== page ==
Reflections From The Clergy | Division



We live in a time of partisan and ethnic divide.

The causes of this negative phenomena are countless and they cause immeasurable distress in society.

Sometimes, the ethnic divide or racism that we harbor is based on our natural biases towards a certain color or a certain class. At times, it is based on one individual assuming that they are better than another individual. At times, our ethnic divide stems from not understanding the divine teachings of the Almighty or our purpose in life of being champions of humanity.

The Almighty advises us time after time to establish ties with people and not break ties. He advises us to remove our biases by getting to know one another and connect with one and all despite their color, culture, faith and gender.

The Almighty says in the Quran, “O humanity! Indeed, We created you from a male and a female, and made you into peoples and tribes so that you may (get to) know one another. Surely the most noble of you in the sight of Allah is the most righteous among you. Allah is truly All-Knowing, All-Aware.” – Quran, 49:13

The Prophet Muhammad (peace and blessings upon him) states, “O people, your Lord is one and your father Adam is one. There is no favor of an Arab over a foreigner, nor a foreigner over an Arab, and neither white skin over black skin, nor black skin over white skin, except by righteousness. Have I not delivered the message?” They said, “The Messenger of Allah has delivered the message.”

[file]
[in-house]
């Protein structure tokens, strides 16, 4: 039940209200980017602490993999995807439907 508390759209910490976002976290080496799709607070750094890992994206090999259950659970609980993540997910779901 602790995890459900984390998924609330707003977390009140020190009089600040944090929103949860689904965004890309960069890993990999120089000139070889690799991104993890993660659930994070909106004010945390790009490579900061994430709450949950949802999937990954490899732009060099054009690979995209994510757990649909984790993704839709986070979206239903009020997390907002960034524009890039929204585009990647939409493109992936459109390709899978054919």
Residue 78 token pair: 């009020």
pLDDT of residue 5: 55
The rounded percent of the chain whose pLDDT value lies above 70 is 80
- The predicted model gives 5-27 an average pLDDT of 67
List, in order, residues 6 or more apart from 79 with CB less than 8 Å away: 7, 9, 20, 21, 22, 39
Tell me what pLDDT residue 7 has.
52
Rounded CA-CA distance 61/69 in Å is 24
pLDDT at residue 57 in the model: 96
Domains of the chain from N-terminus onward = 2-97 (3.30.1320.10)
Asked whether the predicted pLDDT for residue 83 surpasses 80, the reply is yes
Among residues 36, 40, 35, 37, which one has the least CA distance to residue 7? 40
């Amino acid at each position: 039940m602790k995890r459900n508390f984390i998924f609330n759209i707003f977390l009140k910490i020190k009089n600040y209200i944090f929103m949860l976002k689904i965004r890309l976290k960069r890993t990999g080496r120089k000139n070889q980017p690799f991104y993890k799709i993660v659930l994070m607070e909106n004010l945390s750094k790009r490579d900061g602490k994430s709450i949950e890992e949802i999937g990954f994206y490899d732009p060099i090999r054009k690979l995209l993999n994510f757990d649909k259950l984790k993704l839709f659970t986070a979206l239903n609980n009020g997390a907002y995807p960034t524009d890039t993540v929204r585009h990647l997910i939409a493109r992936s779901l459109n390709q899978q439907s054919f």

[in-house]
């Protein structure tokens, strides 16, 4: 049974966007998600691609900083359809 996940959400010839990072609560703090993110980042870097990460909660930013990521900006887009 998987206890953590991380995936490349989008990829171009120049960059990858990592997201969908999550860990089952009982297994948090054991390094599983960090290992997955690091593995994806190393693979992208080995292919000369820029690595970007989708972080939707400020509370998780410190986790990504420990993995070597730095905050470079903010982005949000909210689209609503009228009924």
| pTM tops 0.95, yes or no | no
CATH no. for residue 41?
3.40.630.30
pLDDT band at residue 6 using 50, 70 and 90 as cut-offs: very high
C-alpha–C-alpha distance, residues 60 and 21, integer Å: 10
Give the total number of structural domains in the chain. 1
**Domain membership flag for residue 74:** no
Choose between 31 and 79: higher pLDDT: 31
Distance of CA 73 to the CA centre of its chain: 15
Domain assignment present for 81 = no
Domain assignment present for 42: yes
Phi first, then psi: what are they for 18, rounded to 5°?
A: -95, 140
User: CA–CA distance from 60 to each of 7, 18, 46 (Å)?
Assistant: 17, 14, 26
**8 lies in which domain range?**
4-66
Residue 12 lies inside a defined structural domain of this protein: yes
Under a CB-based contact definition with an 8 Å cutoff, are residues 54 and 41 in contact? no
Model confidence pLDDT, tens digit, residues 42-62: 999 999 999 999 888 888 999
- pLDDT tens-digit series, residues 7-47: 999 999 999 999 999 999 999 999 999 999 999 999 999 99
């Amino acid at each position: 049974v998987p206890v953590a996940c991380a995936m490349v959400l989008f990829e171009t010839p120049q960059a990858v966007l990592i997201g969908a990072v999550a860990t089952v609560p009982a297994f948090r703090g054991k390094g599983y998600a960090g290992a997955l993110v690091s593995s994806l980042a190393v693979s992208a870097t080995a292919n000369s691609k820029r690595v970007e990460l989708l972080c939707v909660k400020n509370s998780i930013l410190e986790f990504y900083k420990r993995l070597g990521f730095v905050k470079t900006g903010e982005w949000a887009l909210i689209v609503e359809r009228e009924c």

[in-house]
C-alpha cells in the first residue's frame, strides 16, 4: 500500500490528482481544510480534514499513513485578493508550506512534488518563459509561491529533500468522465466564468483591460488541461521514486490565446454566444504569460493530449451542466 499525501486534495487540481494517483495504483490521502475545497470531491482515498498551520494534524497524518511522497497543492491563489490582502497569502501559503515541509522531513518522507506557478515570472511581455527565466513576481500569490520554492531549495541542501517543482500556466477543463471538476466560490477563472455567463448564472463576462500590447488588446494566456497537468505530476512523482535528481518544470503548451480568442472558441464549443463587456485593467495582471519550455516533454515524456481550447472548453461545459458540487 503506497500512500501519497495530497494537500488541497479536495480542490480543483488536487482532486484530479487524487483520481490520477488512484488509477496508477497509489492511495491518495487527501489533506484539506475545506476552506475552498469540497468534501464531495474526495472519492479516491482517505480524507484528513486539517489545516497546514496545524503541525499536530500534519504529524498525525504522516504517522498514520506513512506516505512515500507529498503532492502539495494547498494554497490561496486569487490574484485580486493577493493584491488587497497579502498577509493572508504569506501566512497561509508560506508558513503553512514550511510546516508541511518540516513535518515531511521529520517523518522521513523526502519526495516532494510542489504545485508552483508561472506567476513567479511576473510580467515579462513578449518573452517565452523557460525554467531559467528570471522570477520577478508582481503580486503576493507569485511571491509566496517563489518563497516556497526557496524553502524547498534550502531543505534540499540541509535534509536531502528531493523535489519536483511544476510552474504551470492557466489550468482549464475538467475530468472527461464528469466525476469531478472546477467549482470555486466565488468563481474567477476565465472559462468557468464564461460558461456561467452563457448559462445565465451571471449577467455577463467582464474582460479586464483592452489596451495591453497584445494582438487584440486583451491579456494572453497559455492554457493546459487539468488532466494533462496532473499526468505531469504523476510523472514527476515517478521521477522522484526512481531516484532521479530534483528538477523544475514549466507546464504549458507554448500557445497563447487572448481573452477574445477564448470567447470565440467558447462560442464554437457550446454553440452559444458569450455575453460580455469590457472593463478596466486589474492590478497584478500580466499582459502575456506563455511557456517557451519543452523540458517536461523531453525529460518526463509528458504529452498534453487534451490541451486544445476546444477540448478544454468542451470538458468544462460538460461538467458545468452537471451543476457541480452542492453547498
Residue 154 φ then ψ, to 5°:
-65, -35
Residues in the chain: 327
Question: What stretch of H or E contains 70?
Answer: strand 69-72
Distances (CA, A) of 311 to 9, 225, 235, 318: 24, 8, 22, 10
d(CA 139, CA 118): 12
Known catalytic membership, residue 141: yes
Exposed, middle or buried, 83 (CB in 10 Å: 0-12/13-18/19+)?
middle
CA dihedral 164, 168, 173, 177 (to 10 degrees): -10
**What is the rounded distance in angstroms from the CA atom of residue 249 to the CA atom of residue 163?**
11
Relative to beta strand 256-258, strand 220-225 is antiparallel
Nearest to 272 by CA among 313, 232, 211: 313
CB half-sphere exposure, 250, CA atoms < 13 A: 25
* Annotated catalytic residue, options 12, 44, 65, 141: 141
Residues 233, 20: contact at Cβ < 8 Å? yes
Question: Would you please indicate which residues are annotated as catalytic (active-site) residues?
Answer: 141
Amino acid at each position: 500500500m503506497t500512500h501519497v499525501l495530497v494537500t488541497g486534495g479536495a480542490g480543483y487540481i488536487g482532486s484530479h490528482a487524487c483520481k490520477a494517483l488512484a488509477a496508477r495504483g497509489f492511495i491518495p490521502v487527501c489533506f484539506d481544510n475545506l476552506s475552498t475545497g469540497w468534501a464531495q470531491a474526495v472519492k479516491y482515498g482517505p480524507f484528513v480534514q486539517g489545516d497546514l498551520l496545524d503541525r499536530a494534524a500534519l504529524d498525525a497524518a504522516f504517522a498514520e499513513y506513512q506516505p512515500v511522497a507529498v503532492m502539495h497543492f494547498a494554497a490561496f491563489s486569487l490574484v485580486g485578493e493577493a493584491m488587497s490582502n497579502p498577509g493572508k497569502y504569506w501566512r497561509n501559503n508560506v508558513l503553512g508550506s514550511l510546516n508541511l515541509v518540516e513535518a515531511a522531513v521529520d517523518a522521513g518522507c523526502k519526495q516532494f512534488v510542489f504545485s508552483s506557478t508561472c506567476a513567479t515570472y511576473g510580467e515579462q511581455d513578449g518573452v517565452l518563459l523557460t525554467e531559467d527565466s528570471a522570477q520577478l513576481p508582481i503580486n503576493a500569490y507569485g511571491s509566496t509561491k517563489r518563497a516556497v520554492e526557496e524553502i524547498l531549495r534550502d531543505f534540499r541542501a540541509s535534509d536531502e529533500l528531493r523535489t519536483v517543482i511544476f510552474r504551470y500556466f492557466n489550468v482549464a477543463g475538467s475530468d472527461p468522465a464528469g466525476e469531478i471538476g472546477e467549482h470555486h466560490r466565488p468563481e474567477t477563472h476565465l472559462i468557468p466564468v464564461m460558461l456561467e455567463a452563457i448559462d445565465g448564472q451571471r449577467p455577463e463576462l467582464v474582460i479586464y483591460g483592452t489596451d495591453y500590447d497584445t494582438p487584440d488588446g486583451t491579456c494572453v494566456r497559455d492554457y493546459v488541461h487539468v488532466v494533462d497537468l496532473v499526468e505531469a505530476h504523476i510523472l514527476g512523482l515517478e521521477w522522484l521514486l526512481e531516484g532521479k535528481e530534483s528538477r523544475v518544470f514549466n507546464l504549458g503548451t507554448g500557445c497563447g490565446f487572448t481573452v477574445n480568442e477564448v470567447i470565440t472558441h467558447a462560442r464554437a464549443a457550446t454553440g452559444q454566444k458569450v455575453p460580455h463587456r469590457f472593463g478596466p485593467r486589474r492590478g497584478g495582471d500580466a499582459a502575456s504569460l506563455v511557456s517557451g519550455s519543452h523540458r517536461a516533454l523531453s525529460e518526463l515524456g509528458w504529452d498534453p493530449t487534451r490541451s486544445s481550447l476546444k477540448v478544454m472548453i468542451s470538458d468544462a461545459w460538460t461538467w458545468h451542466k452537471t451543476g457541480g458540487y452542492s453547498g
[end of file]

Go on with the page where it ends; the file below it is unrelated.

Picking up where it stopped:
– Musnad Ahmad 23489

There are countless narrations in Islamic traditions that speak about bridging the ethnic divide and uniting with people – despite your biases that you should work hard to overcome.

One easy method at a personal level that we can utilize to bridge the ethnic divide in our time is just to basically get to know people – to reach out to individuals [who you possibly have negative assumptions towards, or biases that stem from family or friends], have a conversation, ask questions about the unknown, or even better, join them for a cup of coffee and get to know one another through smiles, productive conversations and good character.

At a community level, it doesn’t hurt to conduct joint events together at the worship homes or the community centers of one another. I have seen lots of positivity and goodness come about from such humble yet sincere efforts. Efforts such as the above give birth to genuine understanding, acceptance and an unbreakable affection towards people who we would consider [once upon a time] to be the “other.”

I pray to the Almighty to facilitate goodness for one and all regardless of their background and walk of life. I pray to the Almighty that He inspires us with kindness beyond measure which assists us in joining the hearts of all of humanity.

Imam Mazhar Mahmood serves as the director of religious affairs at the Islamic Foundation of Peoria.

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